Letta to start talks with parties for policy pact
Aim to reduce bickering, increase stability for coalition govt07 January, 13:49
Letta's government was sworn in in April after a long deadlock followed February's inconclusive general election.
Based on an unnatural alliance between Letta's centre-left Democratic Party (PD) and ex-premier Silvio Berlusconi's now defunct centre-right People of Freedom (PdL) party, it veered from one crisis to another for much of last year.
Berlusconi's party, which he has revamped under its former name Forza Italia, pulled its support for the government in November after the PD supported the drive to have the media magnate ejected from parliament following the supreme court's decision to uphold a tax-fraud conviction against him.
Letta has said his government is now in a stronger position, even though it has a smaller majority in parliament.
The executive survived with the support of the New Centre Right (NCD) party, a group of pro-government moderates led by Deputy Premier and Interior Minister Angelino Alfano, who split from Berlusconi loyalists.
Letta has postponed a summit with Turkish Prime Minister Recep Tayyip Erdogan that was set to take place in Istanbul on January 17 to be able to work on the policy pact. The aim of the pact to ensure the executive does not get bogged down again this year with bickering between the different groups.
Letta's government has a long list of problems that urgently need to be addressed.
It is aiming to boost the Italian economy after two years of recession and combat unemployment that has reached record levels of 12.5%, with over four in 10 under-25s out of work.
The executive also wants to push through reforms to cut the cost of Italy's political machinery and make the country easier to govern.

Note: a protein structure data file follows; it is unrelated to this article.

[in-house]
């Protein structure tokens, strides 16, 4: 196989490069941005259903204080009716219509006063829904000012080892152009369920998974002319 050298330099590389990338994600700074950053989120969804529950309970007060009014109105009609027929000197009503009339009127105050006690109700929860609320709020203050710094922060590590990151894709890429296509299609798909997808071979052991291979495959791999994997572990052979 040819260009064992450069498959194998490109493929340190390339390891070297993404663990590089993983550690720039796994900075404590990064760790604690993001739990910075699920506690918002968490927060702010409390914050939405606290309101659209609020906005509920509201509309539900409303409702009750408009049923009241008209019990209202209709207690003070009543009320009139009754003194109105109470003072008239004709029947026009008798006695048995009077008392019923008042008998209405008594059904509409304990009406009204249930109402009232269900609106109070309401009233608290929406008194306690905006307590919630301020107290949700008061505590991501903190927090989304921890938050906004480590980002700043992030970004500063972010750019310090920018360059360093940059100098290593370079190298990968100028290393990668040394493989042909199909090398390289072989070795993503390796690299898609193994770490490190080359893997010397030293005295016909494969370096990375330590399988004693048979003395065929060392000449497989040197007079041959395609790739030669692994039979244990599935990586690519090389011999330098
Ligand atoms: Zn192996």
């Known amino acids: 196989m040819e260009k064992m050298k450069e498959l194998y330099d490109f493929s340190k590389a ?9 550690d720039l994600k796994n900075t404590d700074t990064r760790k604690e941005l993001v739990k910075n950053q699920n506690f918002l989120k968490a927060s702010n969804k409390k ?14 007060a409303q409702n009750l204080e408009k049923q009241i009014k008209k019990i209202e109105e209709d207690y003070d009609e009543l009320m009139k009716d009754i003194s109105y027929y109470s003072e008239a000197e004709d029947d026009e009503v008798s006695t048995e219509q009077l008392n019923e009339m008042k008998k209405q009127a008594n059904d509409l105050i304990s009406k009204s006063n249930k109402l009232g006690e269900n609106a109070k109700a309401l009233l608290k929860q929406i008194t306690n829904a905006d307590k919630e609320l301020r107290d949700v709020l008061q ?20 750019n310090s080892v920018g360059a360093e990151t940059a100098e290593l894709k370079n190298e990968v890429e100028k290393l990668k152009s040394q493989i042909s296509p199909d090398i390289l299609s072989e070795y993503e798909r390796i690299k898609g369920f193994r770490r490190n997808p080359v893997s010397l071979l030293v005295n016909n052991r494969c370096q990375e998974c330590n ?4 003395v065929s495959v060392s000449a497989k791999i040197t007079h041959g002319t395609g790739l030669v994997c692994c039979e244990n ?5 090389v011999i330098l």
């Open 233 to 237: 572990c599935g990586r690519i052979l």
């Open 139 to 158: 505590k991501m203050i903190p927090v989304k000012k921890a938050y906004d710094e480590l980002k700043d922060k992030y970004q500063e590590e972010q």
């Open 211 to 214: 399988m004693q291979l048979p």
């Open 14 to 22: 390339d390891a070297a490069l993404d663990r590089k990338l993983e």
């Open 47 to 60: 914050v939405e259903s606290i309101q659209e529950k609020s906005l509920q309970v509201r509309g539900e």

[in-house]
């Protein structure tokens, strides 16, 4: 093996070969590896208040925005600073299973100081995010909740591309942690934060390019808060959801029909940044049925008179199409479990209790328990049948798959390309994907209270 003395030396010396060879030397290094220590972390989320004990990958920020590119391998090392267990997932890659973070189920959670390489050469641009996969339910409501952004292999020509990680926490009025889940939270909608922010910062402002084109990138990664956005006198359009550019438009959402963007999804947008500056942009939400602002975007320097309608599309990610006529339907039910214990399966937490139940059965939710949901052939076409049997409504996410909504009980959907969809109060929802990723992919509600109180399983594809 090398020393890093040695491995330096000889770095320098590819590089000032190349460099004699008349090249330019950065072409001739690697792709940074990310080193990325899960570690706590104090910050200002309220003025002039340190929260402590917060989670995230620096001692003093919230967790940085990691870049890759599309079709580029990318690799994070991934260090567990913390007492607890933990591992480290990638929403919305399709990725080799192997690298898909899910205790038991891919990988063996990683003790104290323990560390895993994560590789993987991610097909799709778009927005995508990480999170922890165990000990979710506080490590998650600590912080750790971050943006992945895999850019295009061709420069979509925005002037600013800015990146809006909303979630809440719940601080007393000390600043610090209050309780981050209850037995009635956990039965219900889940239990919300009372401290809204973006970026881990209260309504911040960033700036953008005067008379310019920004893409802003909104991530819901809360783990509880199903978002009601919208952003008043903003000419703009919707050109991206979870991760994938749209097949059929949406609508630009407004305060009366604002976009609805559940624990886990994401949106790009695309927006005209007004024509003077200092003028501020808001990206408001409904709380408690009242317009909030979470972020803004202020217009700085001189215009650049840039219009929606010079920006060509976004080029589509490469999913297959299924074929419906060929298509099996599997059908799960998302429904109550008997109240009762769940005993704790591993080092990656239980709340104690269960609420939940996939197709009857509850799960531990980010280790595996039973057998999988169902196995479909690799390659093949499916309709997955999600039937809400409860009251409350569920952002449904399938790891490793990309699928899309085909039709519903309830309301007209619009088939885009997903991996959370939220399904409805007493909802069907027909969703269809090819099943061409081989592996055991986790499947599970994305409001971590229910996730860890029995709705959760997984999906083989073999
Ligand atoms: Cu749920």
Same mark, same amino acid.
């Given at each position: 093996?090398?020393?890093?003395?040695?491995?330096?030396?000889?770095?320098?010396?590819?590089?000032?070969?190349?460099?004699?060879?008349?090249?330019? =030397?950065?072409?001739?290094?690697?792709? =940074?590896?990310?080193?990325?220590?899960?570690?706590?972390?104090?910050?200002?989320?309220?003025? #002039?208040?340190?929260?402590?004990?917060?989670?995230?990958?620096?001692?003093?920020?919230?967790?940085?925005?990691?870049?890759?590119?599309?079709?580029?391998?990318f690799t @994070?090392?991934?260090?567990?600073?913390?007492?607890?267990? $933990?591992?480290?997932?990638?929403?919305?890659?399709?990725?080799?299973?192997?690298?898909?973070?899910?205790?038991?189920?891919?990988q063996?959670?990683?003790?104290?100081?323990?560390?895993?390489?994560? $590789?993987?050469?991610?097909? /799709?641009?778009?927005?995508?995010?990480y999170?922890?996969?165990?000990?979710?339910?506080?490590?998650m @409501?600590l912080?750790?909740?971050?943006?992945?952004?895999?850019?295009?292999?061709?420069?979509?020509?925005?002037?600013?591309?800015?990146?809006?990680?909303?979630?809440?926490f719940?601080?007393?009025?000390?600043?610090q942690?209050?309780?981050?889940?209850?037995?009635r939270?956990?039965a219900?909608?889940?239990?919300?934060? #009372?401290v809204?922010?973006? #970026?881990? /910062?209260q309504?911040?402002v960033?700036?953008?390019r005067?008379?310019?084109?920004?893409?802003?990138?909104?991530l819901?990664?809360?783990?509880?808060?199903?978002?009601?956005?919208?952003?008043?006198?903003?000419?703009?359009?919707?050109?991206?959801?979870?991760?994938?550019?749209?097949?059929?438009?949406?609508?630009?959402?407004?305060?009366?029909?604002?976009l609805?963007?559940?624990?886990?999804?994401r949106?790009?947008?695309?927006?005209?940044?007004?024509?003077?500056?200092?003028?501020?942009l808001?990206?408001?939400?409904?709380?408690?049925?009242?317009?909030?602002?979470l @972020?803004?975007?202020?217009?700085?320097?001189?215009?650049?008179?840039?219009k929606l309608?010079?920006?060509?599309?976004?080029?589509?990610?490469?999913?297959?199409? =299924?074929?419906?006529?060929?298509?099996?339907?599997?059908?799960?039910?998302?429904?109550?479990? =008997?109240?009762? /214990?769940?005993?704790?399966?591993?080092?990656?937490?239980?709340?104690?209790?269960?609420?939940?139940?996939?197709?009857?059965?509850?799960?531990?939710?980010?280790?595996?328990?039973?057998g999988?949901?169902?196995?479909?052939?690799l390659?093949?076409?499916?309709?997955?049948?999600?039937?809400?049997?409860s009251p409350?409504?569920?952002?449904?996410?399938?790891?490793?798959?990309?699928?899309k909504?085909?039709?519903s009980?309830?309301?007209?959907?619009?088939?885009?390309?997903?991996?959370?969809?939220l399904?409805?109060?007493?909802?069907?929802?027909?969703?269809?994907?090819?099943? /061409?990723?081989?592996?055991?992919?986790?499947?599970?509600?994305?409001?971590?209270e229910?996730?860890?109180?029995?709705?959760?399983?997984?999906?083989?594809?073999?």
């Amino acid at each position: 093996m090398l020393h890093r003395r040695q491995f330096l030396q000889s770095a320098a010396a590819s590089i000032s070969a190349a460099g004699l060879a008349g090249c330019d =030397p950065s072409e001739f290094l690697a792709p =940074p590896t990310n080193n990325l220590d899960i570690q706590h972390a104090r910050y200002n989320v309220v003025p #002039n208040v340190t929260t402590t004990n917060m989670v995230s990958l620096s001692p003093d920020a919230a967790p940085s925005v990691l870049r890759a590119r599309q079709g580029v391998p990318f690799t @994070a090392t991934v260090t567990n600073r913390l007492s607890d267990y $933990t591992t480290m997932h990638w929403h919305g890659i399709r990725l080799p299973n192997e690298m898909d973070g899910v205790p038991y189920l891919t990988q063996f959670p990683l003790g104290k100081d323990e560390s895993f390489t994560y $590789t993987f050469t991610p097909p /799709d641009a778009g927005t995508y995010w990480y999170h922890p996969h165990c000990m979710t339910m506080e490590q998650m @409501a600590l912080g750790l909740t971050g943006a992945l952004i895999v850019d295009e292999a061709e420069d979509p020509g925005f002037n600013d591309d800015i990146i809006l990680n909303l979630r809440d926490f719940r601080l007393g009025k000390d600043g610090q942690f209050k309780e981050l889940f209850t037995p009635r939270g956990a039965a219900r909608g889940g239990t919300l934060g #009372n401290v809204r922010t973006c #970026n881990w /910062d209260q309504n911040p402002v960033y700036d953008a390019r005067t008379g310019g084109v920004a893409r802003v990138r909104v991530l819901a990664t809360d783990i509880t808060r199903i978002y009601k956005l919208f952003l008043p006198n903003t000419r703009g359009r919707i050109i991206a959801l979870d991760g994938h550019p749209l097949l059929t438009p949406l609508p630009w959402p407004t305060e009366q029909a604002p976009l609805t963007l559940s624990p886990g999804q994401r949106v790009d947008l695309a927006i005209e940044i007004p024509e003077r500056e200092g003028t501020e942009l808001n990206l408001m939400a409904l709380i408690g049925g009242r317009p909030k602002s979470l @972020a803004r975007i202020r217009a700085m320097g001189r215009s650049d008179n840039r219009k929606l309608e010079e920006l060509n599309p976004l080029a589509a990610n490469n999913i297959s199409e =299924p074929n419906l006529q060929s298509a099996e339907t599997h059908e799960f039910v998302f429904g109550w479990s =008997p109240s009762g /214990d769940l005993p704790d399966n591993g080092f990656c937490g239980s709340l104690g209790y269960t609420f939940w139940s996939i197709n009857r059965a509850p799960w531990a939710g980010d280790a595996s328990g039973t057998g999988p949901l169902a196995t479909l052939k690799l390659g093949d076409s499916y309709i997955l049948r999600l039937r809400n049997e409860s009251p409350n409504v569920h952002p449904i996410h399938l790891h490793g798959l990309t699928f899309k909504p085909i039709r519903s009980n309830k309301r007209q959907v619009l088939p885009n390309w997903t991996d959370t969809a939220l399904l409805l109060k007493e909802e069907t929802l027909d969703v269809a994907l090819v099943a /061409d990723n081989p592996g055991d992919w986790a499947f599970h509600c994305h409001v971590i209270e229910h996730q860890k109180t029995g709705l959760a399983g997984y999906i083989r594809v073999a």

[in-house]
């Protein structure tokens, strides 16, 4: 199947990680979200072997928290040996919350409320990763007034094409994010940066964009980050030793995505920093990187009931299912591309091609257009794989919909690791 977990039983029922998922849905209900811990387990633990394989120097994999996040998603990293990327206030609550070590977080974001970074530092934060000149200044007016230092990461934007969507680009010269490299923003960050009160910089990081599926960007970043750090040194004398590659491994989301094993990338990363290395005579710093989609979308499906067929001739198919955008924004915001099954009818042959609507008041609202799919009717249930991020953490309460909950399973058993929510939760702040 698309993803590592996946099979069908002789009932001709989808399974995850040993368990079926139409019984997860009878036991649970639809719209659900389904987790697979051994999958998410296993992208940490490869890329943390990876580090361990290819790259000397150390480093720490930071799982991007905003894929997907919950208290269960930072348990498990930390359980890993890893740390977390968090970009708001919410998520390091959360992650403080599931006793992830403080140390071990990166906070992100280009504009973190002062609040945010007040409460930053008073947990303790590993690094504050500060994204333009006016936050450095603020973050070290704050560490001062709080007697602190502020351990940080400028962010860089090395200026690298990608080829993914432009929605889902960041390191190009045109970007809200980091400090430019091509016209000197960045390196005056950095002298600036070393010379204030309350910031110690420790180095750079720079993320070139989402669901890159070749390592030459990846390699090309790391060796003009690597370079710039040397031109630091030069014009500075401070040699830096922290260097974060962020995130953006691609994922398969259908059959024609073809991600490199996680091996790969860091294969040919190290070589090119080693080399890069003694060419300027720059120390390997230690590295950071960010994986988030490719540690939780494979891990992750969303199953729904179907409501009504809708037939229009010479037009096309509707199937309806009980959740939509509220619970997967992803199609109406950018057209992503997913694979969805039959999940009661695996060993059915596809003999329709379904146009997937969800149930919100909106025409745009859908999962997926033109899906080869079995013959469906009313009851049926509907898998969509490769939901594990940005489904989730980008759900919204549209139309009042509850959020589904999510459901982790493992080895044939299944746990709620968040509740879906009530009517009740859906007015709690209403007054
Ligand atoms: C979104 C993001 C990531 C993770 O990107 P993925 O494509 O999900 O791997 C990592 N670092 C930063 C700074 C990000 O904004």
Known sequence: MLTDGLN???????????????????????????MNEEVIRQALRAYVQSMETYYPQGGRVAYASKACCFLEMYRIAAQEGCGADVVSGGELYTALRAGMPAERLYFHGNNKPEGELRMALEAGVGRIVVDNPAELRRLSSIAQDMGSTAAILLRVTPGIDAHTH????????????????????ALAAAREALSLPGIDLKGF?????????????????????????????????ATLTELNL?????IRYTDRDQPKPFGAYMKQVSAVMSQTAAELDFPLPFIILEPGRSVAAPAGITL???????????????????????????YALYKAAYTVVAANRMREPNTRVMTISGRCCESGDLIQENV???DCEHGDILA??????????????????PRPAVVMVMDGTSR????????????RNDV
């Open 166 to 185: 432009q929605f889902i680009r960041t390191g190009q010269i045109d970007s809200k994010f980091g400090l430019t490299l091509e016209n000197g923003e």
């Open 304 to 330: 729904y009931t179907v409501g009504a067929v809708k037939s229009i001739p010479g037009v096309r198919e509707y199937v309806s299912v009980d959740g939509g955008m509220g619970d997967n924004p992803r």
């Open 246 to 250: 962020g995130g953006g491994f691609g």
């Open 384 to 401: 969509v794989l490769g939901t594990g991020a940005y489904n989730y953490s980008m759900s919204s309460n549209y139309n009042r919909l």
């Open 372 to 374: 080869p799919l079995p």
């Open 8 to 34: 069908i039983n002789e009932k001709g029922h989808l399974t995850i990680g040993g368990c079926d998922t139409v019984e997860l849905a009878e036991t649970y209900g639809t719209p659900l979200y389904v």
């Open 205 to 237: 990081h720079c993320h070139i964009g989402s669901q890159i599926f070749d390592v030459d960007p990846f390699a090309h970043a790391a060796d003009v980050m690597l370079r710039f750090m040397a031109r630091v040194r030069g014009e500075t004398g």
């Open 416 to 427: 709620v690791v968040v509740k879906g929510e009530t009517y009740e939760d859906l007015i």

The government plans to introduce a new election law, after the previous system was declared illegitimate by the Constitutional Court, reduce the number of parliamentarians and curtail the Senate's law-making powers to make it easier to get legislation through parliament, among other things.
The round of consultations will start later on Tuesday with a meeting with the small centrist Civic Choice (SC) party, which was founded by his predecessor, Mario Monti. Later this week Letta will meet Alfano and Matteo Renzi, the 38-year-old mayor of Florennce who has been waging a campaign for Italy's political old guard to be sent to the scrap heap and recently took over as leader of the PD.
Alfano and Renzi have expressed major differences in recent weeks over what the policy pact should cover.
On Friday Alfano struck down the idea proposed by Renzi of making the legal recognition of civil partnerships - including same-sex unions - part of the pact.
Alfano also took issue with another suggestion by Renzi for an overhaul of Italy's tough immigration laws.